A Lifestyle for Long-Term Sustainability

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Question: How can we\r\nincentivize people to move toward a sustainable lifestyle?

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Ernst Weizsäcker: I think a very important part of answering this question is, think\r\nlong-term.  Think of your children,\r\nthink of your grandchildren. And don’t be content with just the quarterly\r\nreports, the returns on investment in very short periods of time.  This is not sustainable.  I mean, if I were a forest owner and\r\nwanted to maximize my next quarterly report, I would cut all the forest and the\r\ntrees would be gone, and the next quarter would be a disaster.  And so would be the next 50 years.  So, the philosophy, the doctrine of the\r\nquarterly reports can be very damaging. 

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And returning to the\r\nquestion of what makes people move. \r\nIt’s not only the profit thinking, it also a mentality of thinking we\r\nwant to have an elegant kind of life, not a wasteful, squandering kind of\r\nlife.  It’s also into the\r\naesthetics, what do we find beautiful. \r\nSo, I believe it is a mixture of responsibility, good rules, and\r\ncultural understanding into a sustainable society.

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Question: What will\r\npeople need to give up?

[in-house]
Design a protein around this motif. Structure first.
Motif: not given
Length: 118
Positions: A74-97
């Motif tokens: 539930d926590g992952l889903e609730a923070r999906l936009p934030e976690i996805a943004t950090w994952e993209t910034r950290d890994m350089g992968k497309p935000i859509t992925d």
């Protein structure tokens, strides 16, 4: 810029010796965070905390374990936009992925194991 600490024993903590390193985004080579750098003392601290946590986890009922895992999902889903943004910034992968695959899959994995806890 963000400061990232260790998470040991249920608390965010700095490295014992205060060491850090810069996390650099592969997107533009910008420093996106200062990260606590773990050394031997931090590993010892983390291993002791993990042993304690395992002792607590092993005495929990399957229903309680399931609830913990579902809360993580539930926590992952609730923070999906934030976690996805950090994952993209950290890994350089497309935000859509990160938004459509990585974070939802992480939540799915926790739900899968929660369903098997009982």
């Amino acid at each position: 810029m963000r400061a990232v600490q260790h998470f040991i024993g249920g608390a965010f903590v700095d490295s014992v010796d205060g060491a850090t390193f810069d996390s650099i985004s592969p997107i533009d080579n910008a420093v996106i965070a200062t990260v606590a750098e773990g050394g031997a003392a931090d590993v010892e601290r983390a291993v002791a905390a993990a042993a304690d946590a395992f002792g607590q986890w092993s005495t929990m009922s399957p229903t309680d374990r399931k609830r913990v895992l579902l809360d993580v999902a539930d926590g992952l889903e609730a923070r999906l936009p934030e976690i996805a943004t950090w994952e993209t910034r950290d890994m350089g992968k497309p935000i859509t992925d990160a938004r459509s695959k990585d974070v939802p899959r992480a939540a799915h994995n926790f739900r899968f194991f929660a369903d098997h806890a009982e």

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Ernst Weizsäcker: There is indeed quite a difference between just ownership and use of\r\nthe goods I own, and services.  For\r\ninstances, my family is part of a car-sharing arrangement.  Whenever we need a car, we get it at\r\nthe relatively low price and we don’t have the permanent costs for the\r\ncar.  But we always have access to\r\ncar-like mobility.  But if... for\r\ninstance, my daughter’s family, they own any car and they use cars only when\r\nthey really need it. And otherwise use bicycles and walking and, I don’t know\r\nwhat.  Telephones.  But then we are living in a privileged\r\nsmall town of 25,000 inhabitants in Germany, so there it’s easier.  But even in New York with public\r\ntransport, you can do a lot of things without a car, but with the possibility\r\nof having access to a car.  That, I\r\nbelieve is one example.   

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The same holds in a sense for big\r\ncopying machines, which typically are leased, not bought.  That’s fine.  And I can imagine this principle going further.  For instance, I could imagine that\r\naluminum will not be sold any longer in the future, but leased and returned\r\nafter use.  So, for instance, the\r\nairplane manufacturers could rent the aluminum they need and when the lifetime\r\nof the airplane is over, it will be returned.  And then, of course, they all have a strong interest in\r\ndoing the optimal mix alloys of the metal so that the reuse is without any\r\nproblem.  So, access to aluminum is\r\na very good thing, but this does not automatically mean ownership.  Why do I need to own aluminum?

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Recorded on April 9, 2010 

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